The U.S. military is at a crisis point. We are staring down the barrel of a future where U.S. military technological superiority may no longer be a given wherethe military strength that has undergirded global security since World War II may be in question. The technologies that have given the U.S. military its edge stealth, long-range sensors, communications networks and precision-guided weapons are proliferating to other actors. As a result, so-called “anti-access” challenges threaten traditional modes of power projection. While individual U.S. ships, planes and tanks remain more capable one-on-one, the pernicious “death spiral” of rising costs and shrinking procurement quantities means that the United States has increasingly fewer and fewer assets to bring to the fight. The U.S. military will have to fight significantly outnumbered, and even the qualitative advantages U.S. assets have will not be sufficient. Quality matters, but numbers matter too. At a certain point, U.S. aircraft and ships will simply run out of missiles.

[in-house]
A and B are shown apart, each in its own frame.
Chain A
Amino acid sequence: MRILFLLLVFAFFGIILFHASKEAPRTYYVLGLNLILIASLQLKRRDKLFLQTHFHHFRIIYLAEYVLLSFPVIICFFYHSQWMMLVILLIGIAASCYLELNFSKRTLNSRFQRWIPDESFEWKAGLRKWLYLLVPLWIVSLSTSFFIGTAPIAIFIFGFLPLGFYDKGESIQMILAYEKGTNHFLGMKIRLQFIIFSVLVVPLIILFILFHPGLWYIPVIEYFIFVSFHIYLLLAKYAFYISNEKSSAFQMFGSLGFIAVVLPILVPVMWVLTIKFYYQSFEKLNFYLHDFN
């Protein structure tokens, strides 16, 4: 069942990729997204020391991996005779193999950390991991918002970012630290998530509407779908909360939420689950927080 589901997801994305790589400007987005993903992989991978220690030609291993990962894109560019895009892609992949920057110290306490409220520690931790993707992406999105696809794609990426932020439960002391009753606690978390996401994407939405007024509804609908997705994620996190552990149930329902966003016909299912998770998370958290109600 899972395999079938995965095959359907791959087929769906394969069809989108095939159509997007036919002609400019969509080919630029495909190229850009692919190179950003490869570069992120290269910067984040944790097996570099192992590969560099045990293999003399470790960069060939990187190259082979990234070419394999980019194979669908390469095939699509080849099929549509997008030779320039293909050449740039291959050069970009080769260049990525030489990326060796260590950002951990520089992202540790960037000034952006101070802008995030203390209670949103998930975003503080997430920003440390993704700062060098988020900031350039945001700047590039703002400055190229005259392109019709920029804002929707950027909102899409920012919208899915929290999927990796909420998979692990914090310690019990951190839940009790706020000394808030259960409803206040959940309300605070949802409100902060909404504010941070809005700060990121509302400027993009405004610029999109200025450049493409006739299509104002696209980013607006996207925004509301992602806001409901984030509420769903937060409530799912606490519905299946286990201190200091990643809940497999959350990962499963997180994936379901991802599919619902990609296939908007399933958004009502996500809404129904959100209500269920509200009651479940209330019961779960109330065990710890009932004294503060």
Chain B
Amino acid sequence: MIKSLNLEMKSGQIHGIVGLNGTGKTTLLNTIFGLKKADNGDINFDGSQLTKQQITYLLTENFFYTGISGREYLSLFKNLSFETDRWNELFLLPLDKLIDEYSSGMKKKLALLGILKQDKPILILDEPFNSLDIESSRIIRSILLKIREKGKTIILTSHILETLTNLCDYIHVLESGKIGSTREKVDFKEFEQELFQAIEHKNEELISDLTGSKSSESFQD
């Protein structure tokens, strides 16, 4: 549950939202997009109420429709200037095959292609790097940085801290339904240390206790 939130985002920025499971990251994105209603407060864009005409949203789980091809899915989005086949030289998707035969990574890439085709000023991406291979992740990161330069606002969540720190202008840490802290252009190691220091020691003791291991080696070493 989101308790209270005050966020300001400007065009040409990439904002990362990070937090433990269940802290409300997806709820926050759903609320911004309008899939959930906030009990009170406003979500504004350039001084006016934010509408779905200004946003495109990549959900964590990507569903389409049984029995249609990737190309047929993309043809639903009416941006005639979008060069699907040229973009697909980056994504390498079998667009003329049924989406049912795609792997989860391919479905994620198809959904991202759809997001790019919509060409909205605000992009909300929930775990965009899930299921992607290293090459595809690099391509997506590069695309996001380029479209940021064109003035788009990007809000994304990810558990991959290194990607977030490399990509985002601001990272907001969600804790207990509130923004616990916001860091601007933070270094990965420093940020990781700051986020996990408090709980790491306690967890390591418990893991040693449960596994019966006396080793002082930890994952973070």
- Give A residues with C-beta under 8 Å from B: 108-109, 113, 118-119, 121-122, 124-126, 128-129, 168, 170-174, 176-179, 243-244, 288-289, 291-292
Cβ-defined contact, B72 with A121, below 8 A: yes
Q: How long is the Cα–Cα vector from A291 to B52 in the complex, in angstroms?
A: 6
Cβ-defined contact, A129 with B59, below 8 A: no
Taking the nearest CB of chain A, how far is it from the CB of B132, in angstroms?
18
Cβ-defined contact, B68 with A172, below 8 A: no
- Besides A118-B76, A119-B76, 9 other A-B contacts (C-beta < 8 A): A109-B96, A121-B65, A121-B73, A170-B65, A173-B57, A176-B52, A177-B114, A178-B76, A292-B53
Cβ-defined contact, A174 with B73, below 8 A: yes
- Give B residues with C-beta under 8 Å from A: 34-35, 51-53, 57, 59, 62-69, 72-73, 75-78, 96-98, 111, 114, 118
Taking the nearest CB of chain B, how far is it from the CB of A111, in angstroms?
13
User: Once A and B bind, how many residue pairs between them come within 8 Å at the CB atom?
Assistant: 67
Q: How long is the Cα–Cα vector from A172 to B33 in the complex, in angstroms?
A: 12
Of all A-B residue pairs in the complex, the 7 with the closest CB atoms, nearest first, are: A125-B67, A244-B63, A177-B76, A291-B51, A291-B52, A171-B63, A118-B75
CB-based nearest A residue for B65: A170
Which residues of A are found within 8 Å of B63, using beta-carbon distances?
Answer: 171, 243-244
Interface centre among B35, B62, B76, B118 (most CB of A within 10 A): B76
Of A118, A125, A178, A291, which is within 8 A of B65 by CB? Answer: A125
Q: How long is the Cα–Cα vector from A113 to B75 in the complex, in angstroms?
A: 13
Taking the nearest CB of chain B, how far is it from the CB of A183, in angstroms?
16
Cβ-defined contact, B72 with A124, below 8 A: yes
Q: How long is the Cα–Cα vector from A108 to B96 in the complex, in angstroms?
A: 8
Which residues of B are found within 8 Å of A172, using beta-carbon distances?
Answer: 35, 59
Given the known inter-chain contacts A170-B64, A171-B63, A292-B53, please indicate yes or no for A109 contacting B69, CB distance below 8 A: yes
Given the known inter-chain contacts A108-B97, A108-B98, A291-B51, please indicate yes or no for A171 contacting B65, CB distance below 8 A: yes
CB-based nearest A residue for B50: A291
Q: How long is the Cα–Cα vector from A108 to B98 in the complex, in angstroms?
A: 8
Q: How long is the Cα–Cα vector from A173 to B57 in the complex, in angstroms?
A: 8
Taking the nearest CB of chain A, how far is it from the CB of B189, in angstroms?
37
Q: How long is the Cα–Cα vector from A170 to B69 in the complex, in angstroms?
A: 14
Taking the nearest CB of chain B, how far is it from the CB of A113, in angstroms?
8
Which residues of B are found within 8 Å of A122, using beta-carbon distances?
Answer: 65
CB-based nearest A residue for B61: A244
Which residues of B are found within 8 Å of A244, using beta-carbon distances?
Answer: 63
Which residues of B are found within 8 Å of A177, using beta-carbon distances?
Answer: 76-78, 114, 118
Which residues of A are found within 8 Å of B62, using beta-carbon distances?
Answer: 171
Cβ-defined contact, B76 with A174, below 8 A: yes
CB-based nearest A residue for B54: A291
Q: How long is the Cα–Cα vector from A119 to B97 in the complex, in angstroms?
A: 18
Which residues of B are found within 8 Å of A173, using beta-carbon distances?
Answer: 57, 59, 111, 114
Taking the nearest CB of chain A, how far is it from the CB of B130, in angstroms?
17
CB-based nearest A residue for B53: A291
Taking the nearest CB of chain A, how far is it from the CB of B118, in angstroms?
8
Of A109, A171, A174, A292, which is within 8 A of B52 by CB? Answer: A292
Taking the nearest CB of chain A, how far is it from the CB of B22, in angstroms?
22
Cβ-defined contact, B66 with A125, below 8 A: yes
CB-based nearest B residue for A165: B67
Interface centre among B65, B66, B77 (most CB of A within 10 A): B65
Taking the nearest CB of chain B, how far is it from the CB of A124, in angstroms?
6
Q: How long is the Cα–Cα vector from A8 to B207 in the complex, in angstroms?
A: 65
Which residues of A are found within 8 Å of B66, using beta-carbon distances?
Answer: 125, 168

Read the full article at The National Interest.